17 September 2019 - Events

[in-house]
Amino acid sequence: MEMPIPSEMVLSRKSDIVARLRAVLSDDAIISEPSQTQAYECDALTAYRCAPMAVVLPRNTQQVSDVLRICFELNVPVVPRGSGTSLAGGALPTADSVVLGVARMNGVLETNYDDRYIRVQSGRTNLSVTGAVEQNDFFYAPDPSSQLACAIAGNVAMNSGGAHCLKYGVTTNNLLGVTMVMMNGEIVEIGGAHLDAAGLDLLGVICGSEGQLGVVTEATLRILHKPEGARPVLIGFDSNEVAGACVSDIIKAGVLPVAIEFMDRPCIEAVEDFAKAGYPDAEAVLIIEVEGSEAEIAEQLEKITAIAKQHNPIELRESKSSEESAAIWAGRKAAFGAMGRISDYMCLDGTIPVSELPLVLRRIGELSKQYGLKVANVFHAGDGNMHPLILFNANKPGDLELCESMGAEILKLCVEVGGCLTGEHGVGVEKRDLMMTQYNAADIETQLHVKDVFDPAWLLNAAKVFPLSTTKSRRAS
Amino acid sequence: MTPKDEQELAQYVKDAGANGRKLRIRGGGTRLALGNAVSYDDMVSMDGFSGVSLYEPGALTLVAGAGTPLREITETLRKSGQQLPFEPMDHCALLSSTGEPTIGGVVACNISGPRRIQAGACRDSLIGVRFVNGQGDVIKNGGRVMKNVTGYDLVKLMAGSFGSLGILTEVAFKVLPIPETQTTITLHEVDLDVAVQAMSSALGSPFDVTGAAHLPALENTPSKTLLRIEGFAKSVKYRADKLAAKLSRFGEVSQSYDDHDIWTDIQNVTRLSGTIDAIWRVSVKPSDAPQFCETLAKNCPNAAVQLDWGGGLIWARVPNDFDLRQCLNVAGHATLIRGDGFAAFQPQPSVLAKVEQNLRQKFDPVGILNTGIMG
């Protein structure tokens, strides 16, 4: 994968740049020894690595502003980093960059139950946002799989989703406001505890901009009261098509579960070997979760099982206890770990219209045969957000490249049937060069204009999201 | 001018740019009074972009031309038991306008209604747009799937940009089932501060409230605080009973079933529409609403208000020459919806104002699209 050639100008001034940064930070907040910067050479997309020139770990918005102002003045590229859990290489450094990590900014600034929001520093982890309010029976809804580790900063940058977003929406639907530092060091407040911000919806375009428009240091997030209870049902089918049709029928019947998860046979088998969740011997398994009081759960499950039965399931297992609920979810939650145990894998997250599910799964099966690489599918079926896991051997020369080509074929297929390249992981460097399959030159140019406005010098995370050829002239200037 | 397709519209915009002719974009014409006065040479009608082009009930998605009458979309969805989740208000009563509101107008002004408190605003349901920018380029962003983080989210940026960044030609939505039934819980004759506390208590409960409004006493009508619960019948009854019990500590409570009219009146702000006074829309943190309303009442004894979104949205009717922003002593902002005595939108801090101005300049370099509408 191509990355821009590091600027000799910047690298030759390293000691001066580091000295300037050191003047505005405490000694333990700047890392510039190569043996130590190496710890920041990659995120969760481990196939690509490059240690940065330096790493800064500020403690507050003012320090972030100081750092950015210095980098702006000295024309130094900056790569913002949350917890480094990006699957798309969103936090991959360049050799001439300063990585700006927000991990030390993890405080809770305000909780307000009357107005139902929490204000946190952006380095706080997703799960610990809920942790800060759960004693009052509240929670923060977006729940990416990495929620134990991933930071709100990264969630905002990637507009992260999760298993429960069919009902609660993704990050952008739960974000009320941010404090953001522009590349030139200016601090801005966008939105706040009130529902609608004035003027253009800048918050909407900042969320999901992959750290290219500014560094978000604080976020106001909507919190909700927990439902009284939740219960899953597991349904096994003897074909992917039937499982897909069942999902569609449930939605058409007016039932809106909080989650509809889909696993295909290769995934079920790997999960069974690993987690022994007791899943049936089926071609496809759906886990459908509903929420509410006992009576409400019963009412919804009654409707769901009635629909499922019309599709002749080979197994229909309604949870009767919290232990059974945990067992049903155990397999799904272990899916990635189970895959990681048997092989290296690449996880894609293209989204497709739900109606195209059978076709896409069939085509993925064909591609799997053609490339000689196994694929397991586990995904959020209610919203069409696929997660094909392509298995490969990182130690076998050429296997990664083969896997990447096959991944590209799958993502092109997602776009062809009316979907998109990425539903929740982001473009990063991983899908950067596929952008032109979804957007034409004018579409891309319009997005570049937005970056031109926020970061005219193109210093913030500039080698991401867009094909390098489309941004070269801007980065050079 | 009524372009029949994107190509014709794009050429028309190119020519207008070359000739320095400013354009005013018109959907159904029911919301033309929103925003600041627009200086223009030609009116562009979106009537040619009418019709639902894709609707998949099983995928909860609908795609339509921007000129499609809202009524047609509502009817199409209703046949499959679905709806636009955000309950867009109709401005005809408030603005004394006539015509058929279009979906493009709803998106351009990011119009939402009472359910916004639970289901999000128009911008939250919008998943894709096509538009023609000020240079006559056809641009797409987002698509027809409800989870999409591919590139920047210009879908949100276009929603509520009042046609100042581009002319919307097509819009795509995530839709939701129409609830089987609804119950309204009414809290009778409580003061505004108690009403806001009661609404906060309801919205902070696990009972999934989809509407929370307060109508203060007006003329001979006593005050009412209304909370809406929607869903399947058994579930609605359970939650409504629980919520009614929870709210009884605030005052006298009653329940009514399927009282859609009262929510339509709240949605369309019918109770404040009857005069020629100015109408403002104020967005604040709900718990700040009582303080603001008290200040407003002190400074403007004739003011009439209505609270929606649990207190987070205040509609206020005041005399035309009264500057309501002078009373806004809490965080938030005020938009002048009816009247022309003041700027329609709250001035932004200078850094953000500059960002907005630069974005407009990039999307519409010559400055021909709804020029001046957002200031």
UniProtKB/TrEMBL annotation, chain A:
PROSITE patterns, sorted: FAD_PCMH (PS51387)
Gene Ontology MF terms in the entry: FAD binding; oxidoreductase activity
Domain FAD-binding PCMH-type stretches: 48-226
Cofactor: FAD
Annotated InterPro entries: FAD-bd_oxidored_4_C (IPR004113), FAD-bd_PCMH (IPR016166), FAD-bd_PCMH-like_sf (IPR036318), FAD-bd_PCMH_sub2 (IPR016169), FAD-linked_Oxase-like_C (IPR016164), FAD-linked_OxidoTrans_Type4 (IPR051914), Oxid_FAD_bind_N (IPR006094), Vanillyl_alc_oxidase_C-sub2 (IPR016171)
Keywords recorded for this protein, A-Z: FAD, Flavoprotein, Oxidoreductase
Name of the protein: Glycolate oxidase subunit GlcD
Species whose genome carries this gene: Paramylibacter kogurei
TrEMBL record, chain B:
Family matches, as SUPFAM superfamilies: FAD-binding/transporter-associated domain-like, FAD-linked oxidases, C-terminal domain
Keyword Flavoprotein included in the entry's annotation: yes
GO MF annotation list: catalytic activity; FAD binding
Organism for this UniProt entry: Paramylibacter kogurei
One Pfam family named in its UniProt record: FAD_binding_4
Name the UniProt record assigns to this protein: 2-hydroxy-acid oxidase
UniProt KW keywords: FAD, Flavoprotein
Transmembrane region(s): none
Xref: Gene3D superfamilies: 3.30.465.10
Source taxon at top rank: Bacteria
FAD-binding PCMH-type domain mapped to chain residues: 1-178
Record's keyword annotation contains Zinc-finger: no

In a two-part analysis, we compared how different jurisdictions dealt with spousal maintenance. The countries surveyed were California; Cyprus; England and Wales; France; Germany; Ireland; Italy, Jersey; Malta, New York; New Zealand; Portugal; Scotland; South Africa; Spain and Switzerland. Copies of both articles and the tables showing the comparisons, which first appeared in the Family Law Journal can be viewed here and here. Perhaps one of the most interesting points to come out of our analysis is the recognition that the label attributable to London as being the 'divorce capital of the world' does not necessarily derive from the Courts approach in respect of spousal maintenance. Upon reflection it seems likely that the label has more to do with the overarching discretion of the Court to reach a 'fair' outcome. The Court is not constrained by a fixed formula or default marital property regime as it is in a number of other jurisdictions. Having said that, fairness obviously feeds into the determination of the appropriate level of spouse maintenance. In its Report on Matrimonial Property, Needs and Agreements, the Law Commission was tasked with examining the extent of 'financial needs'. In its report it acknowledged that whilst practitioner's know what is meant by ‘needs' within the family law context, further guidance is needed for the growing body of litigants in person. The Law Commission proposed that authorative guidance should be drafted on the meaning of financial needs on divorce which would include a statement of independence. The report highlights the following: (a) Level and duration will be referable to the resources of the parties and standard of living; (b) Where there are children, spousal income needs will be greater; © A duration of spousal support — the objective will be as now to enable a party to make transition to independence; – The objective will be to enable a party to make transition to independence – There should be consideration as to whether a joint lives order is appropriate – When considering term orders, perhaps the expectation would be in the region of say 2 to 10 years – Where there are minor children, the spousal support term could endure until the end of secondary education – In a childless marriage, perhaps there should be no spousal support (d) Consideration of whether there should be a Joint Lives Order where there is no or limited income or earning capacity; (e) Should there be Term Orders? Perhaps the expectation should be in the region of two to ten years. However, if it is expected that spousal report will be required for longer than that perhaps consideration should be given to a Joint Lives Order; (f) Where there are minor children, the spousal support term could endure until the end of secondary education; (g) In a childless marriage perhaps there should be no spousal support. It will be interesting to see in more detail what the guidance says when it is issued by the Family Justice Council. Also, the Law Commission proposed a five year project to work on the possible development of a formula to generate ranges of outcomes for spousal support along the lines of the Canadian model. Both recommendations are in response to the growing number of litigants in person who are accessing the Court system and the Government's desire to equip couples to determine the financial outcome following any divorce, themselves. It is hoped that the guidance will help and in the not too distant future a formula would provide a clear bracket for litigants in person to work with. So there are many potential changes afoot in this area and it is interesting to see now where we are in comparison to the rest of the world and how we may be influenced by their models to make changes.